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This is the wrong question.
The right question is: How much will an ebook cost?
Because the answer isn’t up to one author or one publisher or even a price-fixing cartel. It’s up to the market, which is a far more complicated entity. There are no shoulds in the market, just reality.
On one hand, the marginal cost of delivering a single ebook is close to zero. It might cost Amazon and B&N a dime to transmit it, but it certainly costs the publisher nothing.
(People who disagree with that statement don’t understand the concept of marginal cost and should look it up before participating in this discussion. Marginal cost is very different from opportunity cost or sunk cost or lost profits.)
In a market where the marginal cost is close to zero, prices tend to race to zero as well. Except…
Except when there are no substitutes. If you want Elvis Costello to call you on the phone and wish you a happy birthday, he can charge you whatever he wants, because even though it costs him very little, you have no alternatives. If you want Elvis, well, there’s only one. Take it or leave it.
So our analysis begins with the notion that there will be at least two price points for ebooks. One will be super cheap, perhaps a dollar, for ebooks where there are substitutes. Genre fiction, diet books, manuals, instruction guides, travel books–if you can’t tell them apart before you read them, then of course you should buy the cheaper one, all other things being equal (and those other things might include reviews, reputation, etc.)
But what about books where there is no obvious substitute. A Neil Gaiman book, or a Tiger Mother, or even that one Ellery Queen book you haven’t read?
Here, we need to take a moment and think about the nature of a substitute. Of course, there is no substitute for Neil. On the other hand, at $100 a book, most of us would make do and move on to our second choice. So there is a substitute, just not a perfect one or an easy one.
For books that come with a provenance, with a brand we seek out, I think there are again two price points. One is for the book we need to read right now, the hot one, the one for which there is buzz. These books can demand a premium and probably will. Certainly less than $20 (a ‘moral’ ceiling related to the price of a paper copy) and probably more than $10 (which is the floor set by Amazon as the price of a bestseller on the Kindle). In a moment, I’ll riff on how this buzz might come to happen more productively from the point of view of the publisher.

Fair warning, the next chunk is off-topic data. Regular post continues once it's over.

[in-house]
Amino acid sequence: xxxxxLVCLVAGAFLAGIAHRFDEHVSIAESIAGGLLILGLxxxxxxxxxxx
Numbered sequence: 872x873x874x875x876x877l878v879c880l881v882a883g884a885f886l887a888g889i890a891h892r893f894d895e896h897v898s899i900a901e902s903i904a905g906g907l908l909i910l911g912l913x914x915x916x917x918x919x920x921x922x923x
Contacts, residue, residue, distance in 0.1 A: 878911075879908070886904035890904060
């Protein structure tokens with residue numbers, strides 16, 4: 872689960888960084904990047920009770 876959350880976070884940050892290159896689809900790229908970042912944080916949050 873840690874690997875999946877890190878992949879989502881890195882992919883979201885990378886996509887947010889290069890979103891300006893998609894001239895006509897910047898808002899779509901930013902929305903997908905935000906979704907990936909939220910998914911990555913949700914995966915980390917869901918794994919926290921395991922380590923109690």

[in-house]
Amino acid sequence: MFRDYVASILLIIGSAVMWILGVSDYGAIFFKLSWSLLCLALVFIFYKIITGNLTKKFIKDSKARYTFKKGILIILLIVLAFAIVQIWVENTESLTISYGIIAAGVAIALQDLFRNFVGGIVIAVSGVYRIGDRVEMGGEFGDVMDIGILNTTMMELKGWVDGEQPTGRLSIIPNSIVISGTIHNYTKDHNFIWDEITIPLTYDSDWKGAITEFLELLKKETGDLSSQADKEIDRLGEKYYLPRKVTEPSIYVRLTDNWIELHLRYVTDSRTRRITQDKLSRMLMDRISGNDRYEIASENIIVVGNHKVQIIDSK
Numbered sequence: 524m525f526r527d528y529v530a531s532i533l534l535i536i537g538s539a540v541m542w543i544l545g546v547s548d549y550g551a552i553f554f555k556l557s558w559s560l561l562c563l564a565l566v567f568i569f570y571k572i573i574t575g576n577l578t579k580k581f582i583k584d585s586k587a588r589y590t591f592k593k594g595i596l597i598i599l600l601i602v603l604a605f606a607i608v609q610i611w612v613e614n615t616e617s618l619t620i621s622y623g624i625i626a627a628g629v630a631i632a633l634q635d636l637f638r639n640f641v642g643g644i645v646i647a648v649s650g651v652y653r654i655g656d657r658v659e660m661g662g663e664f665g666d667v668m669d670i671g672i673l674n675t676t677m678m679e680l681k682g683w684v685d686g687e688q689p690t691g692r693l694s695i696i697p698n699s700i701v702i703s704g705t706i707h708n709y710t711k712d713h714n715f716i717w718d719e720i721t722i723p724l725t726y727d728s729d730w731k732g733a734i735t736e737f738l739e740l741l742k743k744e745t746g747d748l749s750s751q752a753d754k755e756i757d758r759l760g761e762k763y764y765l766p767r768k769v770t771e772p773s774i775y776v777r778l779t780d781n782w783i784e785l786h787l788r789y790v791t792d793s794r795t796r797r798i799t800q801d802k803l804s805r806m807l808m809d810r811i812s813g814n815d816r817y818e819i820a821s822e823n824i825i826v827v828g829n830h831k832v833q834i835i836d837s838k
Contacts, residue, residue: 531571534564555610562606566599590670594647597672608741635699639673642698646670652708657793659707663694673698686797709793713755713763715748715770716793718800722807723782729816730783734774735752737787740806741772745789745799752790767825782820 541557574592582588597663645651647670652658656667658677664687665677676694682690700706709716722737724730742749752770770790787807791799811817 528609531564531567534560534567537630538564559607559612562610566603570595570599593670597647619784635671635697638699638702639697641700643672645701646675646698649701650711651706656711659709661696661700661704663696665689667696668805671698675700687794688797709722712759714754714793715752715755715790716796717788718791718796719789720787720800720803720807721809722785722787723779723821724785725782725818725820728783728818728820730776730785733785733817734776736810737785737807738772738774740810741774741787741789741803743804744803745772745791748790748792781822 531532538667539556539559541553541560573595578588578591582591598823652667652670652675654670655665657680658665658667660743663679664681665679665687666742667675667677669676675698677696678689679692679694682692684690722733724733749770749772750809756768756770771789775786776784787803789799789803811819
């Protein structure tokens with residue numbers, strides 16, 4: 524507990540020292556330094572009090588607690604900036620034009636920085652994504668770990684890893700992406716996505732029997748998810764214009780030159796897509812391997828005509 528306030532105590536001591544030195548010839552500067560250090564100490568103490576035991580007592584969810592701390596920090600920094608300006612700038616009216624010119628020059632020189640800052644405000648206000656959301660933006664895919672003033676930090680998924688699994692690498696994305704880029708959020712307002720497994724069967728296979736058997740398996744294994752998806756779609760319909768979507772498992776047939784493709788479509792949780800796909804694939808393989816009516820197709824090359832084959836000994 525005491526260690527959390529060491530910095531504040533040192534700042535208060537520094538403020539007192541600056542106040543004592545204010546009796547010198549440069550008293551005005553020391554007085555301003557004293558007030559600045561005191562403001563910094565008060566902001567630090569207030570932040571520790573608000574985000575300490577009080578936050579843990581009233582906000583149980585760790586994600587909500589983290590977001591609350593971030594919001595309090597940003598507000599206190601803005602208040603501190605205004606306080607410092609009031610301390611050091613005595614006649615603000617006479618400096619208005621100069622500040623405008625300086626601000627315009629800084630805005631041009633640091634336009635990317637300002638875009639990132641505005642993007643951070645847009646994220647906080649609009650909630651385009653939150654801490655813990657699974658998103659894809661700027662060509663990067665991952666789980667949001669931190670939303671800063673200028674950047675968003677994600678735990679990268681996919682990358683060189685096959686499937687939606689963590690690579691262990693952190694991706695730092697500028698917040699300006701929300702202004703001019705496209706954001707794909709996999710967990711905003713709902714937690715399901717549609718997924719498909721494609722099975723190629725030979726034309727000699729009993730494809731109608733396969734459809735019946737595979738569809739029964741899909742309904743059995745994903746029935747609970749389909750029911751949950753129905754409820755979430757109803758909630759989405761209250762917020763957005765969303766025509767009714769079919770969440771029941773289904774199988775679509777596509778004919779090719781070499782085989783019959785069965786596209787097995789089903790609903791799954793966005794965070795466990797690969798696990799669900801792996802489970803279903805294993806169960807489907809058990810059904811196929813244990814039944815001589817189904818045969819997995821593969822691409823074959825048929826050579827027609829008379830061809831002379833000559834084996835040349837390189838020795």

For books that aren’t hot, that aren’t new or fresh or filled with buzz, it’s hard for me to see how profit and volume can be maximized at a price like that. All the data I’ve seen and produced in experiments shows me that trial and purchase and conversion goes up significantly at less than $10. Certainly, at zero there’s a huge boost: perhaps 100 or 1,000 times as many copies a day are sold at zero than at ten dollars. While zero gets you volume, you make nothing, so that’s not sustainable in the long run.
I’m guessing that the market for backlist titles where there are possible substitutes is going to settle in at $7. Low enough to be less than $10, to indicate that this is a bargain, at least psychically, but high enough that selling a few thousand of a five year old title is just fine.
Which leads to my guess/proposal for creating buzz, particularly for unknown authors with great books. That category (call them UAGB) is the most interesting in all of publishing, because it’s about buzz and breaking open a new idea/author.
I would start those books at ZERO and raise the price a penny for every ten purchases until I got to $15 and then hold it there for three months.
If the book really is great, the first 1000 readers (who are easy to find, because they love to read and love a bargain and have to hurry before the price exceeds a dollar) either start raving about the book or they don’t. If they do, then the next few thousand readers are going to stampede along. Still a bargain, but moving fast.
Now, by the time the book hits $15, it’s been read by 15,000 people (understand, please, that in the book business, 15,000 readers in a week is a national bestseller, a huge hit), and you’ve just created a new must-read author.
That means that pricing of the future looks like:
Zero: promo titles
$1: backlist service titles, useful but not irreplaceable
$7: backlist titles from authors you love
$15: current bestsellers
There’s probably no form of media that has as much history of crazy pricing as books. There are $100 art books on the bestseller lists and 3 cent Chick tracts handed out every Sunday. Most of this is related to the fact that the marginal cost of a printed book varies so much (records, movies and videogames vary not at all). Now that books are entering the same space as these other sorts of media, expect that the pricing follows suit.